Born in Vitebsk, Russia in 1887, Chagall moved to Paris in 1910 where he was influenced by the Fauvists and Cubism. He went on to develop his own unique style becoming one of the major contributors to Surrealism. His primary theme has always been Jewish life and folklore in which he incorporated flower and animal symbols in unusual juxtapositions, with forms floating rather insecurely in space, his color very rich and evocative of peasant life.
In 1941 the Museum of Modern Art, New York, invited him to America where he remained until 1946. In 1961 he completed a series of stained glass windows for a synagogue near Jerusalem, followed by mosaics and tapestry for the Knesset in 1966. He also produced decorations for the Metropolitan Opera, New York, and the ceiling for the Paris Opera.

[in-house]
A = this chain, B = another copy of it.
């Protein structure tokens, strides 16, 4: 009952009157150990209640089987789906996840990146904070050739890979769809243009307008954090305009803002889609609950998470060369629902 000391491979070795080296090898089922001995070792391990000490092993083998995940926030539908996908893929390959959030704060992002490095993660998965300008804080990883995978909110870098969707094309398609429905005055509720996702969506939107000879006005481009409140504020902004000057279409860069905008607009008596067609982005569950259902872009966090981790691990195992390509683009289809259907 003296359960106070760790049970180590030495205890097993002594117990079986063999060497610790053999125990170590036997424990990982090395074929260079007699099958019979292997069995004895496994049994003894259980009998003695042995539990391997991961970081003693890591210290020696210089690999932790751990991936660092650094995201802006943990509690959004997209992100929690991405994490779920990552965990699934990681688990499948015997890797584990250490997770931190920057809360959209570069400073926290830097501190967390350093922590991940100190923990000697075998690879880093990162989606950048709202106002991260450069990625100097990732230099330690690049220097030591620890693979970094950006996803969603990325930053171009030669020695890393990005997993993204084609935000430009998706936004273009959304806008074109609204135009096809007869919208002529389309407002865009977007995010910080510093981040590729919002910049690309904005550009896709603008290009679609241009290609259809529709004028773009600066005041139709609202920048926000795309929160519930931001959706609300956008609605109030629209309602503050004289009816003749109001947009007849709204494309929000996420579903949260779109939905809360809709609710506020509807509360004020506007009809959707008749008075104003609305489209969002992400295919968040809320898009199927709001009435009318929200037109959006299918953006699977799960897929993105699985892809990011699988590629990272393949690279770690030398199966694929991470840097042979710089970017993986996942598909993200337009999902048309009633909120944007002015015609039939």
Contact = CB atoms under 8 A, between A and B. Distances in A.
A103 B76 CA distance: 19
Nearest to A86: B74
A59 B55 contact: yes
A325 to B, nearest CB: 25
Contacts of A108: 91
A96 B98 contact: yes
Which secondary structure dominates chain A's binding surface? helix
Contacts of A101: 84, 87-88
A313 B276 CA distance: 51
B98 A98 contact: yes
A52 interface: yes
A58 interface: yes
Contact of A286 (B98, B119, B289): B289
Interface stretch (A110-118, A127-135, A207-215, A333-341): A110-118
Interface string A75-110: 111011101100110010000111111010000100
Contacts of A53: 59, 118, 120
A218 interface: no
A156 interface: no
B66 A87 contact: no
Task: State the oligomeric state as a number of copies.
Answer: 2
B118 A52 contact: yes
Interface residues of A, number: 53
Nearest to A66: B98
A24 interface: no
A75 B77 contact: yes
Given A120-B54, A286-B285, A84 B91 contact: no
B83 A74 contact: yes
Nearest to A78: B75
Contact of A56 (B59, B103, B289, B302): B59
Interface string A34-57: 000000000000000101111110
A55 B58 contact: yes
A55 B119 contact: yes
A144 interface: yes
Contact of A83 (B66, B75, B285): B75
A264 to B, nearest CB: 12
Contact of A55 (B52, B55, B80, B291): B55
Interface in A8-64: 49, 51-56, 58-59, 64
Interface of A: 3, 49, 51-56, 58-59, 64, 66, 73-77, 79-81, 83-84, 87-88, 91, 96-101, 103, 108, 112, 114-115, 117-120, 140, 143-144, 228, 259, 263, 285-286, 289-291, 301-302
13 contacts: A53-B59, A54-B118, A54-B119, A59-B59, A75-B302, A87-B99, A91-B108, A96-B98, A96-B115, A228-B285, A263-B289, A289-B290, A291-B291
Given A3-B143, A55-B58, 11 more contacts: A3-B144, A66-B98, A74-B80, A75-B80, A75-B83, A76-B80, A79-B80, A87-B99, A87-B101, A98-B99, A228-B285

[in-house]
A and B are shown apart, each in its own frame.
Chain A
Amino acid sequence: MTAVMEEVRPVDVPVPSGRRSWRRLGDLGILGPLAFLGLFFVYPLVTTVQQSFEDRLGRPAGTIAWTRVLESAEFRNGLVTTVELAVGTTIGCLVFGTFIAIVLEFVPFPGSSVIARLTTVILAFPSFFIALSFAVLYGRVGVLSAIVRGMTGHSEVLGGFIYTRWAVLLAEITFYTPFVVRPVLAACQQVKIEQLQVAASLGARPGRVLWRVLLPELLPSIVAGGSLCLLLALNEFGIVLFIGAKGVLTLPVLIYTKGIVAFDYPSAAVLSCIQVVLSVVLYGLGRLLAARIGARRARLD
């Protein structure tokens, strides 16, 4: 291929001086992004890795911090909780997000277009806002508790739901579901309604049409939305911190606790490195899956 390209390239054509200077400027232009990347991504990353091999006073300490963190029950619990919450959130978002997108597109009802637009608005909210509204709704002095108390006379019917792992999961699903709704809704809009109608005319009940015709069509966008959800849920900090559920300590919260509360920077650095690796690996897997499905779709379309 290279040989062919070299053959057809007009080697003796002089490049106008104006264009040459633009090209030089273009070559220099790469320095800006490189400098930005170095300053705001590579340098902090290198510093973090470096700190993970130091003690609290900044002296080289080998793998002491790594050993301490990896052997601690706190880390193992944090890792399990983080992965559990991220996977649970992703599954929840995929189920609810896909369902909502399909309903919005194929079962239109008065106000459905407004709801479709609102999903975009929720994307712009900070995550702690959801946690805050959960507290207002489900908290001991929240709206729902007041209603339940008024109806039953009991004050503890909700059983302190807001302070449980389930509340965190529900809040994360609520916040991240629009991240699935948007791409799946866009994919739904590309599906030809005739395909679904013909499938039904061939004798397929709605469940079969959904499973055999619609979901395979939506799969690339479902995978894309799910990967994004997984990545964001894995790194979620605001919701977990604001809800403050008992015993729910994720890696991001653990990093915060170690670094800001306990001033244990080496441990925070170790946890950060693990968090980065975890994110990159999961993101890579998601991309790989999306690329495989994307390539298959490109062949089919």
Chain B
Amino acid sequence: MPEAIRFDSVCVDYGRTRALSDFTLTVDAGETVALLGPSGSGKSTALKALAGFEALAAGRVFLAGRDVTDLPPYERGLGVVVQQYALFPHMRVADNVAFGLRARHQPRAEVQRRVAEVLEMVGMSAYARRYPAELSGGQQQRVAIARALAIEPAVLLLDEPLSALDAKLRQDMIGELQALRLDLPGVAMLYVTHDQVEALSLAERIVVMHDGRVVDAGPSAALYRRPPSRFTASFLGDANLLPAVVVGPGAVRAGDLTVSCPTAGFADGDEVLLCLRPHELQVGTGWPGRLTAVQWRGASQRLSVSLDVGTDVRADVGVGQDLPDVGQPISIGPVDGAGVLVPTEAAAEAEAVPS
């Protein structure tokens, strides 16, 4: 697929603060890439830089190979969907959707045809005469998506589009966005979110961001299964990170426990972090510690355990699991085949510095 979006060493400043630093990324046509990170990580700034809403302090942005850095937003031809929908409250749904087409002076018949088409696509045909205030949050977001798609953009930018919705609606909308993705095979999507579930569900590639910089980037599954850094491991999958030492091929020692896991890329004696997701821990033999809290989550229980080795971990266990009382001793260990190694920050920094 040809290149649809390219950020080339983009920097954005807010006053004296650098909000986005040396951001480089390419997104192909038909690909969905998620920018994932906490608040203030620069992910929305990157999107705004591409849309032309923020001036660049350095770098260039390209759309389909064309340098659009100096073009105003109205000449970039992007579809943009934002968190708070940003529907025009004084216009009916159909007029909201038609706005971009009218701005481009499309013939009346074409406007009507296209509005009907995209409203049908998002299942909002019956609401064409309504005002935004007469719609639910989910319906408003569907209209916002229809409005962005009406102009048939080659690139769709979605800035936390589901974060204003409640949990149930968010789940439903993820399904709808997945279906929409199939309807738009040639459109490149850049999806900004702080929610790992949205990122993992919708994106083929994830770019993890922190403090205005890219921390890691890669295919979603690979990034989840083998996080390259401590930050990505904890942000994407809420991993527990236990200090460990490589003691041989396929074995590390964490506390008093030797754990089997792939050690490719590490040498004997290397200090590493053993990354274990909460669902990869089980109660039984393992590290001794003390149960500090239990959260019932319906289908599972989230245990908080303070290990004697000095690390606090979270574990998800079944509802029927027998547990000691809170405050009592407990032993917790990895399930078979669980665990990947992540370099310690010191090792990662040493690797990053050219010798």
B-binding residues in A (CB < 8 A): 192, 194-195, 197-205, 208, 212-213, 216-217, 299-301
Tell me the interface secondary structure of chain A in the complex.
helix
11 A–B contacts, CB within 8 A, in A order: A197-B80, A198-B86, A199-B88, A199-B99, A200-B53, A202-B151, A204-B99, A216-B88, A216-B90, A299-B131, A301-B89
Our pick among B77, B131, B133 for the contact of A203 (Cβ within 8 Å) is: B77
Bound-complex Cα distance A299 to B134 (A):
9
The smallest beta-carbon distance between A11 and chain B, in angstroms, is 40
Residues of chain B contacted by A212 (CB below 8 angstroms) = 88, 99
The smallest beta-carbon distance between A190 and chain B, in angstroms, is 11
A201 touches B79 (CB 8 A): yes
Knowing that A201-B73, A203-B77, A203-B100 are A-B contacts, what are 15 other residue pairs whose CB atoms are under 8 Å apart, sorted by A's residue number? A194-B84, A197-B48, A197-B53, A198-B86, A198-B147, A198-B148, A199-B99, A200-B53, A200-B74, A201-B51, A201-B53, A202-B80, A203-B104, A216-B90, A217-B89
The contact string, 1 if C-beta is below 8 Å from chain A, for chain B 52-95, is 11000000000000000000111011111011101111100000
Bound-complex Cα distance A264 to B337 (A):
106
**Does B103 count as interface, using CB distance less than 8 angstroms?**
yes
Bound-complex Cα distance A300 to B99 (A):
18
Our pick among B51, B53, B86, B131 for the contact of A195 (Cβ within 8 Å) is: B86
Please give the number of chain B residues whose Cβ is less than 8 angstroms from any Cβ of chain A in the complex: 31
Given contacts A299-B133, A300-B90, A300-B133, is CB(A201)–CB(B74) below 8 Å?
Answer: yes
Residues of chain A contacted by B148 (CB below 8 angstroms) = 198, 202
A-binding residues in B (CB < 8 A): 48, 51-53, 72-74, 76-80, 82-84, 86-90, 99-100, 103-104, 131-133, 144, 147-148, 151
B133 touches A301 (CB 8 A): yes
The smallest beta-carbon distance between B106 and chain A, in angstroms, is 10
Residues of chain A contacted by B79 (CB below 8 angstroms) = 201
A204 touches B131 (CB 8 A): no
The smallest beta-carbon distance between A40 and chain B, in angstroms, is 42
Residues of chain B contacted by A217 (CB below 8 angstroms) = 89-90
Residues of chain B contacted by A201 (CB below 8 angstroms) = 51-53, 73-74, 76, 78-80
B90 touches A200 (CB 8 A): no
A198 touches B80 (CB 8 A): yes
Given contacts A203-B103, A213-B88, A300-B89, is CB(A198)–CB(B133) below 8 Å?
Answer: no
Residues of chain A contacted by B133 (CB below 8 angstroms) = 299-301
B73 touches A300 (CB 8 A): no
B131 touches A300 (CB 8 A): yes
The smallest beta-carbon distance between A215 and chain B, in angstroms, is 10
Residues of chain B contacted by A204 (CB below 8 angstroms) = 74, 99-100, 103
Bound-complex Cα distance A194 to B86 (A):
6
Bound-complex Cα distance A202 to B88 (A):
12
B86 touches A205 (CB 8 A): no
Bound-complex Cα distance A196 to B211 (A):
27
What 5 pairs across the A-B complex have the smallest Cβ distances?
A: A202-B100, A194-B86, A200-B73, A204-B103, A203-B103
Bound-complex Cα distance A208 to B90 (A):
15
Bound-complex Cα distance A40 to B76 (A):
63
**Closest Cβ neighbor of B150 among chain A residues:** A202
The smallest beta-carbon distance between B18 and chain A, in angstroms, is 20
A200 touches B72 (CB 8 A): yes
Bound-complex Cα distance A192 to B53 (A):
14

A skilled graphic artist, Chagall began making lithographs and etchings early in his career, earning the admiration and support of Ambroise Vollard (famous for his ability to find and develop talented artists) who commissioned and published some of his best and most beloved graphic works. Chagall died in 1985 following a career, which spanned eight decades and included the creation of more than 1,000 fine art prints.
Among his best-known works are ‘Les Ames Mortes’ by Gogol, ‘Les Fables de la Fontaine’, and ‘La Bible’.